The Court of Justice of the European Union (CoJ) handed down an important judgment last week on the protection of geographical indications of spirit drinks in a preliminary ruling under Article 267 of the Treaty on the Functioning of the European Union (Scotch Whisky Association (SWA) v Michael Klotz (Case C-44/17)).

Facts: Mr Klotz markets a whisky under the designation ‘Glen Buchenbach’, which is produced by a distillery located in Berglen in the Buchenbach valley in Germany. The label on the bottles includes the following: ‘Waldhornbrennerei [Waldhorn distillery], Glen Buchenbach, Swabian Single Malt Whisky, Deutsches Erzeugnis [German product], Hergestellt in den Berglen [produced in the Berglen]’.

The SWA took the view that the term ‘Glen’ (i) infringed the registered geographical indication ‘Scotch Whisky’; (ii) would cause consumers to make an inappropriate connection to the registered geographical indication; and (iii) would mislead them as to the true origin of the whisky in question. The SWA brought an action before the German Regional Court in Hamburg requesting that it order Mr. Klotz to stop using the designation ‘Glen Buchenbach’ for that whisky. The CoJ was asked by the German Court to interpret the EU rules on the protection of registered geographical indications applicable to spirit drinks (including in light of Regulation (EC) No 110/2008 on the definition, description, presentation, labelling and the protection of geographical indications of spirit drinks (Regulation)).

The CoJ found that:

  • The decisive criterion for finding there to be an ‘evocation’ of the protected geographical indication is whether, when an average European consumer who is reasonably well informed and reasonably observant and circumspect, is confronted with the name of the product concerned, the image triggered in his/her mind is that of the product whose indication is protected. That is a matter for the national court to determine, taking into account the partial incorporation of a protected geographical indication in the disputed designation, any phonetic and/or visual similarity between that designation and that indication, or any conceptual proximity between the designation and the indication.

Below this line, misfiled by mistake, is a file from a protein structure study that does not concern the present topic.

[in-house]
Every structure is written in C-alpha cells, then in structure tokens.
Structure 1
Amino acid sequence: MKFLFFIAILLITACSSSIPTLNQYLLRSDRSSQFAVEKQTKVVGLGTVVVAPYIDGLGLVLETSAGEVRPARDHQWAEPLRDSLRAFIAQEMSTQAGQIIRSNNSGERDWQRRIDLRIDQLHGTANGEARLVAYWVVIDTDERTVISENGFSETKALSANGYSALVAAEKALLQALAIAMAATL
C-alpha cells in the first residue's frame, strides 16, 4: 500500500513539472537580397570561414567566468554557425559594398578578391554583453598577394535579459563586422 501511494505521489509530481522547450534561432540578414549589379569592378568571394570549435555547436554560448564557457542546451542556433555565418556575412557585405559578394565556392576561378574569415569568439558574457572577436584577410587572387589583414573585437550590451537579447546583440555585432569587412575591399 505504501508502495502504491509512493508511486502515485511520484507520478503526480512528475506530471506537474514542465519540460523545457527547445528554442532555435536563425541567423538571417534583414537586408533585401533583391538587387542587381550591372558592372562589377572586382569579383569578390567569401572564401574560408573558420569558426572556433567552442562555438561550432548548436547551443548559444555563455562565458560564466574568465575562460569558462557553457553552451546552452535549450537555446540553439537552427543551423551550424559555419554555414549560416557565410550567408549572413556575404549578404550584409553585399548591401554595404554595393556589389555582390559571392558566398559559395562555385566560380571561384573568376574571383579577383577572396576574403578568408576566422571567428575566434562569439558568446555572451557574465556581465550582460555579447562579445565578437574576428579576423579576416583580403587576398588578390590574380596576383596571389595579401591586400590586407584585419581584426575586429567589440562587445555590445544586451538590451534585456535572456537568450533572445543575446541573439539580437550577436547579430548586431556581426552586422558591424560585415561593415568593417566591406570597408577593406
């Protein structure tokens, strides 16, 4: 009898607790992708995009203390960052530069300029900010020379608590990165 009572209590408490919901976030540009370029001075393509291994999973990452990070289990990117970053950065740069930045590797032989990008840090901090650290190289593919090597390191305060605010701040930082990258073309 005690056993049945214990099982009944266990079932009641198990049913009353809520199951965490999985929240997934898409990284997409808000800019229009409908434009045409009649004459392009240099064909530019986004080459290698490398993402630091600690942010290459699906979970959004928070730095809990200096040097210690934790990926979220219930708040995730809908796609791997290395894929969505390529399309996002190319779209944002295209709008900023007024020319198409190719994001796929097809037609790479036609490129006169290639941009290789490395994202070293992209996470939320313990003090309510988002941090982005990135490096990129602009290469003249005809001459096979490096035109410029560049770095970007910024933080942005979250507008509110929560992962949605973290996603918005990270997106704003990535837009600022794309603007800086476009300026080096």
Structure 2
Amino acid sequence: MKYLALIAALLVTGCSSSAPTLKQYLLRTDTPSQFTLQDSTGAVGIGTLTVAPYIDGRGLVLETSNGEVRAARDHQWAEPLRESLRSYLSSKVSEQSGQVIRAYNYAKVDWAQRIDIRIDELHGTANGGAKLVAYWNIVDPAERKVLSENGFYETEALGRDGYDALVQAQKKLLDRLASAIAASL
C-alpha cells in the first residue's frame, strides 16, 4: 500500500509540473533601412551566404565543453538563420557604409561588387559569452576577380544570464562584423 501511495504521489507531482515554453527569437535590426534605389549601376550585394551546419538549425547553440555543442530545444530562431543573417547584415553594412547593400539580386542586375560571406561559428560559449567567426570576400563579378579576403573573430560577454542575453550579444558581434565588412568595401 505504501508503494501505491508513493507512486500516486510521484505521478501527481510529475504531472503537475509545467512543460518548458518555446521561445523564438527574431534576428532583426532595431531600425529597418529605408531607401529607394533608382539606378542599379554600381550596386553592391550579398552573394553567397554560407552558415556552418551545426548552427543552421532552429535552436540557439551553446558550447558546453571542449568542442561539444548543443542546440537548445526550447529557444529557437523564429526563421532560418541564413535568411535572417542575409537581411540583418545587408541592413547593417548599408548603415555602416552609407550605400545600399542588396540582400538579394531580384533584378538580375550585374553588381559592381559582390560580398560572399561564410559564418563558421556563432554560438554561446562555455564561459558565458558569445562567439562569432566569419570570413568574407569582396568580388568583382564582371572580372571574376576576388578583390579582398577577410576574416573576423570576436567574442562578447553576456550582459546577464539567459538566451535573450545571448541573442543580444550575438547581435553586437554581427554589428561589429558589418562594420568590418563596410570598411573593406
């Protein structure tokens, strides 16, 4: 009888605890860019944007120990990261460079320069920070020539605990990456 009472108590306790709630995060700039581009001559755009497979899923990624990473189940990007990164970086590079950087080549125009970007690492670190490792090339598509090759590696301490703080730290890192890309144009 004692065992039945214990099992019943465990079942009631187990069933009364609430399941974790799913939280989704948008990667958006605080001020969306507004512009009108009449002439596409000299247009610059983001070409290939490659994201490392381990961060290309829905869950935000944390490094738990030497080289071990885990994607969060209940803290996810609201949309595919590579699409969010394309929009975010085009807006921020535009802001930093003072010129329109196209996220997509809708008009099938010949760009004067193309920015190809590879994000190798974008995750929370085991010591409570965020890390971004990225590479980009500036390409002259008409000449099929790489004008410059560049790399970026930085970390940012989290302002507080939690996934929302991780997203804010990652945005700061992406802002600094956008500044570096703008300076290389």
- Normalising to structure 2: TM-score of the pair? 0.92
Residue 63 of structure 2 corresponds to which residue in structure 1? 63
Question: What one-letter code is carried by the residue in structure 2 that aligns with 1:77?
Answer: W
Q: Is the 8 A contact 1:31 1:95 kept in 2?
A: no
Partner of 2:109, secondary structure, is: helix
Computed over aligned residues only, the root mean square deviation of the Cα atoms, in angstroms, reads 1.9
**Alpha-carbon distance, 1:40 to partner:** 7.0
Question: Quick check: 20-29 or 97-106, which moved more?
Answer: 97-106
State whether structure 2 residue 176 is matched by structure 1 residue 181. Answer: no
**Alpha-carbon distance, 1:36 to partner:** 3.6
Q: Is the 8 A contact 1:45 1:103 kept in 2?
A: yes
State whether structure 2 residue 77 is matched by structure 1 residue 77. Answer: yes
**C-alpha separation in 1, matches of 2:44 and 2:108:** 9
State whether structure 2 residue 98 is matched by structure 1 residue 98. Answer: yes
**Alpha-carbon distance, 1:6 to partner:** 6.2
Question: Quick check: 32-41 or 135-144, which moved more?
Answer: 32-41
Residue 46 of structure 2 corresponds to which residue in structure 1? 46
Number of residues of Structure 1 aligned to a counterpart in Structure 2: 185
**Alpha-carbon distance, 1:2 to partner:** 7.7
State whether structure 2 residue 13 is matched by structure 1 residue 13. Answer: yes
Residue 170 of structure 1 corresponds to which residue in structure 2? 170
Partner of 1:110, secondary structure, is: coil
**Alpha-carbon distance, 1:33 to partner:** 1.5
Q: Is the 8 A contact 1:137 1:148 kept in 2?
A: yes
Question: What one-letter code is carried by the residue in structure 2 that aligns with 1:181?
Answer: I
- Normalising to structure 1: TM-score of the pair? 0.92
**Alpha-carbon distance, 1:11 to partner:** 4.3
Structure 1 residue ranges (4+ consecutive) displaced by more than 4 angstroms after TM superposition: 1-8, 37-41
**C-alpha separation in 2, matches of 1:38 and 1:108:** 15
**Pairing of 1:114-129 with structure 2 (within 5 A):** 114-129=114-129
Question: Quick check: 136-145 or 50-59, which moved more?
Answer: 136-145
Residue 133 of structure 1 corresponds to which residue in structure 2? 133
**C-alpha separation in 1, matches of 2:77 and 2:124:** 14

• For the purposes of that determination, account is not to be taken either of the context surrounding the disputed element, or the fact that that element is accompanied by an indication of the true origin of the product concerned.
  • The national court will have to determine whether an average European consumer thinks directly of the protected geographical indication ‘Scotch Whisky’ when confronted with a comparable product bearing the designation ‘Glen’.
  • It is not sufficient that the disputed element of the sign at issue evokes in the relevant public some kind of association with the protected geographical indication or the geographical area.
  • For the purpose of establishing that there is a ‘false or misleading indication’, as prohibited by the Regulation, account is not to be taken of the context in which the disputed element is used. The Regulation’s objectives (in particular the protection of registered geographical indications in the interests of consumers and of economic operators bearing higher costs in order to guarantee the products’ quality) would be jeopardised if that protection could be restricted by the fact that additional information is found alongside an indication which is false or misleading.

Comment: For products marketed in the Ireland and other parts of the EU in similar circumstances to the Mr. Klotz case, in deciding whether there is an ‘evocation’ prohibited by EU law, the national court has to determine whether a consumer thinks directly of the protected geographical indication when he/she sees a comparable product bearing the disputed designation. It is not sufficient that the designation is liable to evoke, in the consumer concerned, some kind of association of ideas with the protected indication (or the relevant geographical area). The test may become a challenging one to apply in practice depending on the product at issue and it may be that application of the test outlined above might vary from one Member State to the next even where the facts are similar.